A Performative Investigation into the Micropolitics AND Topologies of the Concurrent Constituencies of Europe
Susan Kelly investigated the contradictions and possibilities that emerge when concurrent jurisdictions are discovered, performed, or repurposed.
Kelly writes about this project: “It begins by looking at the local topologies of simultaneous jurisdictions that underlie the seemingly self-evident integrity of maps and spatially designated ‘units of governance’ in several locations, including Tyrol. Etymologically, [juris-]diction means to declare. To claim a jurisdiction is to declare the law, to speak it, to announce it to be so. Legal terms such as ‘jurisdiction’ and ‘constituency’ refer to both spatial units of governance—territories around which a line is drawn—and to groups of people. Do these bodies and ‘units’ simply coincide with the bio-political regimes that count, parse, divide, include and exclude? What are the daily micropolitical relations, desires and patterns of movement of those who inhabit such jurisdictions? What forms can record these spaces topologically (e.g., through properties of convergence, connectedness and continuity) rather than topographically? Would it be possible to make visible a geography of orientations, directions, entries and exits?”
European charters on regional autonomy and minority languages have been discussed not only in the contested peripheral Euro spaces of Northern Ireland and former Yugoslavia, but also in the Tyrol region in the ‘center’ of Europe. Could more complex territories and histories such as these challenge the alarming growth of right wing discourses of nationalism, anti-immigration and protectionism in so-called ‘Austerity Europe’?”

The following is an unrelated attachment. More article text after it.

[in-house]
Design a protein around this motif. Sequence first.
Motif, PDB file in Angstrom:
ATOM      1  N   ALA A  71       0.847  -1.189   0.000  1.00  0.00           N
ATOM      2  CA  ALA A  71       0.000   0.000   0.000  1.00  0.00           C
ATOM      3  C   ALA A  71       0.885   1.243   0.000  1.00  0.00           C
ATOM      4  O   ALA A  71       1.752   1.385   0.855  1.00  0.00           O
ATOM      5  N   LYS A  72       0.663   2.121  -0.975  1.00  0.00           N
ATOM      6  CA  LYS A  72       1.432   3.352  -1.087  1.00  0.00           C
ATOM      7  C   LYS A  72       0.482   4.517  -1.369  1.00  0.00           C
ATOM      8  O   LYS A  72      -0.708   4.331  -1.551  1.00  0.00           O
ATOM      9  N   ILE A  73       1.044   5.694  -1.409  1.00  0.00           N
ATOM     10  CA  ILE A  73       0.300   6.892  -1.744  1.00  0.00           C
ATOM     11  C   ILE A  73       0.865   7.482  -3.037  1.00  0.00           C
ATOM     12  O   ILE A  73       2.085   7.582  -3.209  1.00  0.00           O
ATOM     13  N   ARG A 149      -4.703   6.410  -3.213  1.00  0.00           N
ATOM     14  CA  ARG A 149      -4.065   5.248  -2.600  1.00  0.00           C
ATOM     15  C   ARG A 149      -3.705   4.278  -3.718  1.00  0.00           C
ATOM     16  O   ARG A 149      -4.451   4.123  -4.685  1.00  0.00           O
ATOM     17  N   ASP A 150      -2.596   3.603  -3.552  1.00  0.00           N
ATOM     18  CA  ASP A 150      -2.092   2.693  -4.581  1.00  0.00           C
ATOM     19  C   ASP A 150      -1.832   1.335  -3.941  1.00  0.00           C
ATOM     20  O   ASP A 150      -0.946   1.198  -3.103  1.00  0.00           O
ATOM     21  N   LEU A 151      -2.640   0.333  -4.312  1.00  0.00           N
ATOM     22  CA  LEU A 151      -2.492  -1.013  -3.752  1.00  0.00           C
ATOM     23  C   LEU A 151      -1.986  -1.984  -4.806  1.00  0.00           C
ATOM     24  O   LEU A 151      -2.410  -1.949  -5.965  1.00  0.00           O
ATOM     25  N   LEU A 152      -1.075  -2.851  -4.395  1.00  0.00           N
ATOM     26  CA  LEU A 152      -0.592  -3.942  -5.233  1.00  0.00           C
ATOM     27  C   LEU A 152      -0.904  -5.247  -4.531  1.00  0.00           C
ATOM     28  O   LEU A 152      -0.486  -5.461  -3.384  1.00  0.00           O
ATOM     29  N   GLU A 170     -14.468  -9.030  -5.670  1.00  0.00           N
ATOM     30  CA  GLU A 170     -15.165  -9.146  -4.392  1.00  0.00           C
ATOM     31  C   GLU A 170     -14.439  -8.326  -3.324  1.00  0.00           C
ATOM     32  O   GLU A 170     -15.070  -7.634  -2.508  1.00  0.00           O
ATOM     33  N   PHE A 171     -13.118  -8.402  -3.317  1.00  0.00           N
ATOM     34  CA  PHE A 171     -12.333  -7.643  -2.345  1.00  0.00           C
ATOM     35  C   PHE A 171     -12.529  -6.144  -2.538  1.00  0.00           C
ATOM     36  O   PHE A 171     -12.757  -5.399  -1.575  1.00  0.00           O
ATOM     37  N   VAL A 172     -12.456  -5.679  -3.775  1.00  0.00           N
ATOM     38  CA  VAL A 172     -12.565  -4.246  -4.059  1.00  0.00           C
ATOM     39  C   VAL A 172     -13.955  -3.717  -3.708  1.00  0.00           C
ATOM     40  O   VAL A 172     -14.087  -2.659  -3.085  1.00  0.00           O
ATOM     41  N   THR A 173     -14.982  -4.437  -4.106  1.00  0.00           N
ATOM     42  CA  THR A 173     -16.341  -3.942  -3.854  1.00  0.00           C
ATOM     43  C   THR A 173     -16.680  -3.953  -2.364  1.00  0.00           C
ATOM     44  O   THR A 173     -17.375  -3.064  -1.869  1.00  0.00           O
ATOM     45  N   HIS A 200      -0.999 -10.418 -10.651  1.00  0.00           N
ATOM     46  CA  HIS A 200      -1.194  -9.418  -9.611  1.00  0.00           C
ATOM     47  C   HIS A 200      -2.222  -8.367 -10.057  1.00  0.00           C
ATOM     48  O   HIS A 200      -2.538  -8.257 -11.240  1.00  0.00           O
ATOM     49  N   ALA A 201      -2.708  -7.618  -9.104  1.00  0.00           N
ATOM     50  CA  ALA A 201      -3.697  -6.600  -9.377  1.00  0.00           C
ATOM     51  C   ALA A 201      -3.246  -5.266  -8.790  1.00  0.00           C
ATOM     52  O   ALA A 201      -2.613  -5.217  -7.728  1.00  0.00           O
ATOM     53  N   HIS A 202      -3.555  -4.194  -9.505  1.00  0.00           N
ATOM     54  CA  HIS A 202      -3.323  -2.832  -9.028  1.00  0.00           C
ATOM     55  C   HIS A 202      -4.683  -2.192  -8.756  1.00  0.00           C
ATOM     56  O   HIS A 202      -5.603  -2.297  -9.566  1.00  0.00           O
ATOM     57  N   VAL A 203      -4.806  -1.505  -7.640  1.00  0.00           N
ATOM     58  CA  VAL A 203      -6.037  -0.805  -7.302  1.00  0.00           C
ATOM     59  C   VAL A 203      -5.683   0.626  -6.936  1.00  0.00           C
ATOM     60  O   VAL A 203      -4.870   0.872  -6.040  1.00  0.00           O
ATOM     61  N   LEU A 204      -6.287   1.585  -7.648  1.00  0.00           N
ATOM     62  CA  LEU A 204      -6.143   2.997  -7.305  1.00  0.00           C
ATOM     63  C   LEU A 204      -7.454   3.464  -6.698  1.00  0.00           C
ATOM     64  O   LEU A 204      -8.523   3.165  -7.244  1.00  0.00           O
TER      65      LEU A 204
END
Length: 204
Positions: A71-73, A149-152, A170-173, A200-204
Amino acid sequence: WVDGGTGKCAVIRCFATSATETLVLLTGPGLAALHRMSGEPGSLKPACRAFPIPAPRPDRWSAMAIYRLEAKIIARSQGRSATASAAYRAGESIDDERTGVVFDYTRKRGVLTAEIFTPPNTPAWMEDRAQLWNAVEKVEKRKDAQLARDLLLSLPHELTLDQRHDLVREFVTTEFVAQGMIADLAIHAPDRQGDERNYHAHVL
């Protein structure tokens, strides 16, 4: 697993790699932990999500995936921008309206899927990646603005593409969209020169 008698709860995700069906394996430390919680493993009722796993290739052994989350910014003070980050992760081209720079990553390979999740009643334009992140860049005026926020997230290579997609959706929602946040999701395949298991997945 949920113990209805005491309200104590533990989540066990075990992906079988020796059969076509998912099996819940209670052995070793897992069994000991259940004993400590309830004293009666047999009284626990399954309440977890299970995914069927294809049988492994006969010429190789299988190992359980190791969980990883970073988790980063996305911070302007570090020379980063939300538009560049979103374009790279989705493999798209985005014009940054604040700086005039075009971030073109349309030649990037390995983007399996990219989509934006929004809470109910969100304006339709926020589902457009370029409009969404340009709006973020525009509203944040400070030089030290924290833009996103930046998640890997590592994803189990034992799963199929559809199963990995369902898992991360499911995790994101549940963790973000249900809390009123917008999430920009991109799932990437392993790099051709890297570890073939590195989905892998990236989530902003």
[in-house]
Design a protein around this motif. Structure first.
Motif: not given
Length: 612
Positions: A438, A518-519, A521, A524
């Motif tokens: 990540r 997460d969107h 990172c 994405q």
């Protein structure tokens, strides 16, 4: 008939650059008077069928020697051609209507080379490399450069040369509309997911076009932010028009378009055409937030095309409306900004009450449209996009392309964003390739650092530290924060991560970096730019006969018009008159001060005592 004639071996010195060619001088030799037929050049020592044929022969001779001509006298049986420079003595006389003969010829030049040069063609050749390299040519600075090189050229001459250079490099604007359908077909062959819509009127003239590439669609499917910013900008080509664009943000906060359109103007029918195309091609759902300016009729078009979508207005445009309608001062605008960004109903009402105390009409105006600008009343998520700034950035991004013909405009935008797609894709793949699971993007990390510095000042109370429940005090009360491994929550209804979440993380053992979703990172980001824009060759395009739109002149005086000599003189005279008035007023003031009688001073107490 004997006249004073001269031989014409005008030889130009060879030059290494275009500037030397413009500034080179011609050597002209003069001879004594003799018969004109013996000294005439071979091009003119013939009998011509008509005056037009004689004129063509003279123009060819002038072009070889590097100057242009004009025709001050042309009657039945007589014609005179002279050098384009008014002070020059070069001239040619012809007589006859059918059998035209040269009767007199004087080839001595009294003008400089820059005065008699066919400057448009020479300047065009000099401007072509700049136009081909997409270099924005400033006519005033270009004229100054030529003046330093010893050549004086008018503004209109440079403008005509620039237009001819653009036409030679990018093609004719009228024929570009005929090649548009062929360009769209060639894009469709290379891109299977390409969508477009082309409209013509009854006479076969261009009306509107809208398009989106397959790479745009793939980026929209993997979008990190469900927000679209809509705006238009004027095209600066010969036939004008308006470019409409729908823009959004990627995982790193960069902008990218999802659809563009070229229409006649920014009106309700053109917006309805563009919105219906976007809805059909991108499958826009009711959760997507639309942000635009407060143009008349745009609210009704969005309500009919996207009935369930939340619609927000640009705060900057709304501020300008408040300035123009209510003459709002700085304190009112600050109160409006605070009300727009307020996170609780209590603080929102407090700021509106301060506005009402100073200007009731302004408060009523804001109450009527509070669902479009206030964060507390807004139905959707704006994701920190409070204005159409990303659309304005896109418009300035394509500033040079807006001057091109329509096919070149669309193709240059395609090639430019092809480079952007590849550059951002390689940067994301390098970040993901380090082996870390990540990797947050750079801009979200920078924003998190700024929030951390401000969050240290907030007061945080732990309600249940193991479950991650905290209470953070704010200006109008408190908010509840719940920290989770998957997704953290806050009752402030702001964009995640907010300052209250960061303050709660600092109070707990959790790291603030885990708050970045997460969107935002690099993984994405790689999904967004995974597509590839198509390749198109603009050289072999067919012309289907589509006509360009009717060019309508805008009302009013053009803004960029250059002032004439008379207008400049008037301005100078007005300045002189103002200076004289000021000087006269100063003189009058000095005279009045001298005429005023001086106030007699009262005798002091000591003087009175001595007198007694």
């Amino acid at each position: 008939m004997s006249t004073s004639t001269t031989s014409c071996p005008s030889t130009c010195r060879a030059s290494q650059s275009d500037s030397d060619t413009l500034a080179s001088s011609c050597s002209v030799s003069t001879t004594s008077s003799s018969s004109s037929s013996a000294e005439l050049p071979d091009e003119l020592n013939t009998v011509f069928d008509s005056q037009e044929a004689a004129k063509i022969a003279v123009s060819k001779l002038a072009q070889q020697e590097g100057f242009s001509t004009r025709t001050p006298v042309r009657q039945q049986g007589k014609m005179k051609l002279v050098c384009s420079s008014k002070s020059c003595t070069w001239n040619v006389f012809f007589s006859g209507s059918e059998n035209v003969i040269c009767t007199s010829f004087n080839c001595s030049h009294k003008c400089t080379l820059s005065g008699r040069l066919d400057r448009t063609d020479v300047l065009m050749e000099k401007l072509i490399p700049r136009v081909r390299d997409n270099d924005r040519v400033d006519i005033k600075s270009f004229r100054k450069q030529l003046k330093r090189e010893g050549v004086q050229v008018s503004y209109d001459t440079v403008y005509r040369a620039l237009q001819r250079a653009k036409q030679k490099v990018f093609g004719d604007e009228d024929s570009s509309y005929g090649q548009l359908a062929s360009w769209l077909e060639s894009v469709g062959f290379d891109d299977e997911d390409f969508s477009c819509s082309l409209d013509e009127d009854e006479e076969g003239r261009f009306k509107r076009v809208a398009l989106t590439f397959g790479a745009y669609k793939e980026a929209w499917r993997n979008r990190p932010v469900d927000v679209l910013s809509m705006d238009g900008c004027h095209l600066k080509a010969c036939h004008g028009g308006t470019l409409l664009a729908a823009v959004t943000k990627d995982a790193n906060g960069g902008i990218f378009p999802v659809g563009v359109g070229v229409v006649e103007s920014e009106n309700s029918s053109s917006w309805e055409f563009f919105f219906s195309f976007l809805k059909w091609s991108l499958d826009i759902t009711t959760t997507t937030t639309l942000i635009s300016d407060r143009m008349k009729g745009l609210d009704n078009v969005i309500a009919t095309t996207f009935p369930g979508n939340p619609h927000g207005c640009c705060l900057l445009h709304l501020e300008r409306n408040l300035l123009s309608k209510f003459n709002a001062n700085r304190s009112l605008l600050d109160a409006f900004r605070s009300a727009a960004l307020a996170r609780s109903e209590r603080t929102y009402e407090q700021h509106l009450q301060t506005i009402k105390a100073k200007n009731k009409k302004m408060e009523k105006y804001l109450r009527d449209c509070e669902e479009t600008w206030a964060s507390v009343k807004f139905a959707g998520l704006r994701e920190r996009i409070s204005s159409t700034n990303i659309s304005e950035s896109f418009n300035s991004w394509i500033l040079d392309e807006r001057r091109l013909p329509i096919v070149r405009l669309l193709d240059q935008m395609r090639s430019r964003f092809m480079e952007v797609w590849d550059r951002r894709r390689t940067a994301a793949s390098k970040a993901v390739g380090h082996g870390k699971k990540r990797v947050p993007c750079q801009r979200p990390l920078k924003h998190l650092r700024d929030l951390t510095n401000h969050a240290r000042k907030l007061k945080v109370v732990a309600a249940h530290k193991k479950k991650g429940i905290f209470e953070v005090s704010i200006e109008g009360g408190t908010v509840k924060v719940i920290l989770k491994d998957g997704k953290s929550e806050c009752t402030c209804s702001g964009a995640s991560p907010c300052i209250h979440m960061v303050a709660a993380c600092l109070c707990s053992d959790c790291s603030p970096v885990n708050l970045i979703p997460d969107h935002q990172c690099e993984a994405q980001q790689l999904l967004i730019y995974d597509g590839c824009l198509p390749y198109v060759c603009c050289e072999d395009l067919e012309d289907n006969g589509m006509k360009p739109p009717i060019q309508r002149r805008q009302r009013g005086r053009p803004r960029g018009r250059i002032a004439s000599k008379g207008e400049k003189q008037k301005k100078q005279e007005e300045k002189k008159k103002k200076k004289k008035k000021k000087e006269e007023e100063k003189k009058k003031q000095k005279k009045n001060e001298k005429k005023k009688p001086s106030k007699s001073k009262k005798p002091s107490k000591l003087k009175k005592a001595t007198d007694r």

At Künstlerhaus Büchsenhausen, Susan Kelly combined speech and sound, drawing and different kinds of performative research to understand and record the production of the aforementioned tacit spatial topologies, movements and directions.
Susan Kelly held a lecture at the Institute for Architectural Theory at the University of Innsbruck in the 2012 summer semester, in the context of the seminar Jurisdictions: Experiments in the Topographies and Topologies of Tyrol. Kelly also presented her work and working methods at Julia Prager’s seminar Literary Theories—Publics at the Institute of Languages and Literatures, Department of Comparative Literature, University of Innsbruck.
Susan KELLY is an artist, writer and educator currently living in London. She writes, does performances, public artwork and installations and is a lecturer in Fine Art and Visual Cultures at Goldsmiths College, University of London. Susan Kelly works independently and collectively with the Micropolitics Research Group, the Carrotworkers’ Collective and the Precarious Workers Brigade. Over the last ten years she has worked in Belfast, New York, Toronto, Helsinki, St. Petersburg, Krasnoyarsk, Tallin, Zagreb, Innsbruck and elsewhere.